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  1. Hugging Face API

Hugging Face is the Github of the machine learning community, with hundreds of thousands of pre-trained models and 10,000 datasets currently available. You can freely access models and datasets shared by other industry experts or host and deploy your models on Hugging Face.

Some examples of models available in the Hugging Face library include:

  1. BERT (Bidirectional Encoder Representations from Transformers): BERT is a transformer-based model developed by Google for various NLP tasks. It has achieved state-of-the-art results in language understanding and machine translation tasks.
  2. GPT (Generative Pre-training Transformer): GPT is another transformer-based model developed by OpenAI. It is primarily used for language generation tasks, such as translation and text summarization.
  3. RoBERTa (Robustly Optimized BERT): RoBERTa is an extension of the BERT model that was developed to improve BERT’s performance on various NLP tasks.
  4. XLNet (eXtraordinary LanguageNet): XLNet is a transformer-based model developed by Google that is designed to improve the performance of transformer models on language understanding tasks.
  5. ALBERT (A Lite BERT): ALBERT is a version of the BERT model that was developed to be more efficient and faster to train while maintaining good performance on NLP tasks.

What you can do with Hugging Face in ILLA Builder

In Hugging Face, over 130,000 machine-learning models are available through the public API, which you can use and test for free at In addition, if you need a solution for production scenarios, you can use Hugging Face’s Inference Endpoints, which can be deployed and accessed at

ILLA Builder provides dozens of commonly used front-end components, allowing you to build different front-end interfaces based on your specific needs quickly. At the same time, ILLA offers a connection to Hugging Face, allowing you to quickly connect to the API, send requests, and receive returned data. By connecting the API and front-end components, you can implement the requirement that users can enter content through the front end and submit it to the API. The API returns the generated content to be displayed on the front end.

Configure Hugging Face API resource

NamerequiredDefine a resource name that will be used for display in ILLA
TokenrequiredThe user access or API token. You can get it in

Configure Action

Model IDrequiredSearch for models:
Parameter typerequiredThe parameter type of your endpoint. For example, if your endpoint needs an text input, choose fill in “inputs” parameter with text. If your endpoint needs an JSON input, choose fill in “inputs” parameter with JSON or key-value.
ParameterrequiredEnter your parameter. Use {{ componentName.value }} to use data of components.

How to use Hugging Face in ILLA Builder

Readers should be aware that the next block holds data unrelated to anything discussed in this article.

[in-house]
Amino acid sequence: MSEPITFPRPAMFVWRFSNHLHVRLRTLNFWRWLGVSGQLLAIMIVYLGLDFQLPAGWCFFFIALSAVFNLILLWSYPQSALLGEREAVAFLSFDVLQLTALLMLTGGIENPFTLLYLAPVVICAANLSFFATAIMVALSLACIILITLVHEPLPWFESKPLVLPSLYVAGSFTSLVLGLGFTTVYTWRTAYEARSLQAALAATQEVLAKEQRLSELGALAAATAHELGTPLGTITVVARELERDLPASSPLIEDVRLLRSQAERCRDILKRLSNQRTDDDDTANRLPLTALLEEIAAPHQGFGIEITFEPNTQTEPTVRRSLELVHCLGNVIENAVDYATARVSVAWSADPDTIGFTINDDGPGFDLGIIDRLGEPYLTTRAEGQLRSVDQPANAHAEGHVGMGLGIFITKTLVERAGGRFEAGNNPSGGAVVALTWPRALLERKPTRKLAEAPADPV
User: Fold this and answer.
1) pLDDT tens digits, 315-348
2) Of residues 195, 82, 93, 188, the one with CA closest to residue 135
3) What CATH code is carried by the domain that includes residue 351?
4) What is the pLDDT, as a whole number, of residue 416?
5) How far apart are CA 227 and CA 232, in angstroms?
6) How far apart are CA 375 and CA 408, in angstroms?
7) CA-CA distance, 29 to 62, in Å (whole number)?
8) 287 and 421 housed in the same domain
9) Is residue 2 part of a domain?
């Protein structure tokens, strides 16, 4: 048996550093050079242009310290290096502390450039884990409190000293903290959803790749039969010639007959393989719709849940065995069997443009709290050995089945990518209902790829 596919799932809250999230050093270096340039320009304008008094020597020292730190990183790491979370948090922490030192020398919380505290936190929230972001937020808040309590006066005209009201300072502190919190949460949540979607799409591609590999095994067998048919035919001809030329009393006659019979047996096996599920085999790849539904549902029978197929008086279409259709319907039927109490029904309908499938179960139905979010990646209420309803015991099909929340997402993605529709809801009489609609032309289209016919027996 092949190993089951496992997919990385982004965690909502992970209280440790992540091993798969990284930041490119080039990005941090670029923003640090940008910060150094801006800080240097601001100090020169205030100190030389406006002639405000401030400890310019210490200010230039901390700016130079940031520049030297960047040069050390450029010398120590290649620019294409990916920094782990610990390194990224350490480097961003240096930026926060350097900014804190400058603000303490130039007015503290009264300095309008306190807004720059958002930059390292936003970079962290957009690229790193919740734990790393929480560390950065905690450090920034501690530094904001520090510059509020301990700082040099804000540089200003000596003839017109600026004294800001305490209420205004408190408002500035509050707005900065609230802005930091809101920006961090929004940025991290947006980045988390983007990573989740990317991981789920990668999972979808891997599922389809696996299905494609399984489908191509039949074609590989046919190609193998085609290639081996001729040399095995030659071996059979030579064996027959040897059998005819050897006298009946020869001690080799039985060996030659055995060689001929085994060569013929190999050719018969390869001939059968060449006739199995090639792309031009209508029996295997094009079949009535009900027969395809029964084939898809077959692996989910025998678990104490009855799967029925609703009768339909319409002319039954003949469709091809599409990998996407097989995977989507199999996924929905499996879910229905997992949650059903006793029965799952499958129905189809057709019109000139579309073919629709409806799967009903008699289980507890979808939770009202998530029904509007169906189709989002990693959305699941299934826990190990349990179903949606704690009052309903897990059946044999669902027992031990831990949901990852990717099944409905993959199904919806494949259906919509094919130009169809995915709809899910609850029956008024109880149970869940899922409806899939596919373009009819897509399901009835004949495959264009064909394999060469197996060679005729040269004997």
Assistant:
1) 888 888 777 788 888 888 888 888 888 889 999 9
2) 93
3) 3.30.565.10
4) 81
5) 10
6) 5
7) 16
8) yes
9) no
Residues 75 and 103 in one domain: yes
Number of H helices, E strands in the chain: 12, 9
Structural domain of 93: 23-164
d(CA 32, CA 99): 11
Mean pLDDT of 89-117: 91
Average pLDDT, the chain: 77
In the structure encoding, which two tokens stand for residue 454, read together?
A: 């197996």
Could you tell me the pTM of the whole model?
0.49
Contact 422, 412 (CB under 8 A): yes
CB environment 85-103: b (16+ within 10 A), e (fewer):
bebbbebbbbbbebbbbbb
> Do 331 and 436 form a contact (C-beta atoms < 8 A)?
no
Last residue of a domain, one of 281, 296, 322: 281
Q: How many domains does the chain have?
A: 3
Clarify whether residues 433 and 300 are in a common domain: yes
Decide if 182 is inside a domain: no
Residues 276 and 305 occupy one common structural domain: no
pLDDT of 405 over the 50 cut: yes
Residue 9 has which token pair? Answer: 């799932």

Step 1: Build UI with components on ILLA Builder

Based on the expected usage scenario you described, build a front-end interface. For example, you could use input and image components if your product takes in text and outputs an image. If your product takes in text and outputs generated text, you could use input and text components.

The following image is an example of a front-end page for a product that answer questions based on context.

Step 2: Create a Hugging Face Resource and config the Actions

Click + New in the action list and select Hugging Face Inference API.

Fill in the form to connect to your Hugging Face:

Name: The name that will be displayed in ILLA

Token: Get in your Hugging Face profile settings

Confirm the model information in Hugging Face before configuring the actions:

Select a model in Hugging Face Model Page

Let’s use deepset/roberta-base-squad2 as an example. Enter the detail page > click Deploy > Click Inference API

The parameters after “inputs” is what you should fill in ILLA.

In ILLA Builder, we should fill in the Model ID and Parameter. Taking the above model as an example, the “inputs” is a key-value pair, so we can fill in it with key-value or JSON.

And we also support the text input and binary input which can meet all Hugging Face Inference API connections.

Step 3: Connect actions to components

To pass the user’s front-end input to the API, you can use {{ to retrieve data inputted in the component. For example, input2 is the component to input the question and input1 is the component to input context, we can fill question and context in key, and fill {{ input.value }} in value:

"question": {{input2.value}},
"context": {{input1.value}}

Before displaying the output data of the Action in the front-end component, we should confirm which field the output of different models is placed in. Still taking deepset/roberta-base-squad2 as an example, the results are as follows:

So we can get the answer with {{[0].answer }}(the textQuestion is the name of the action).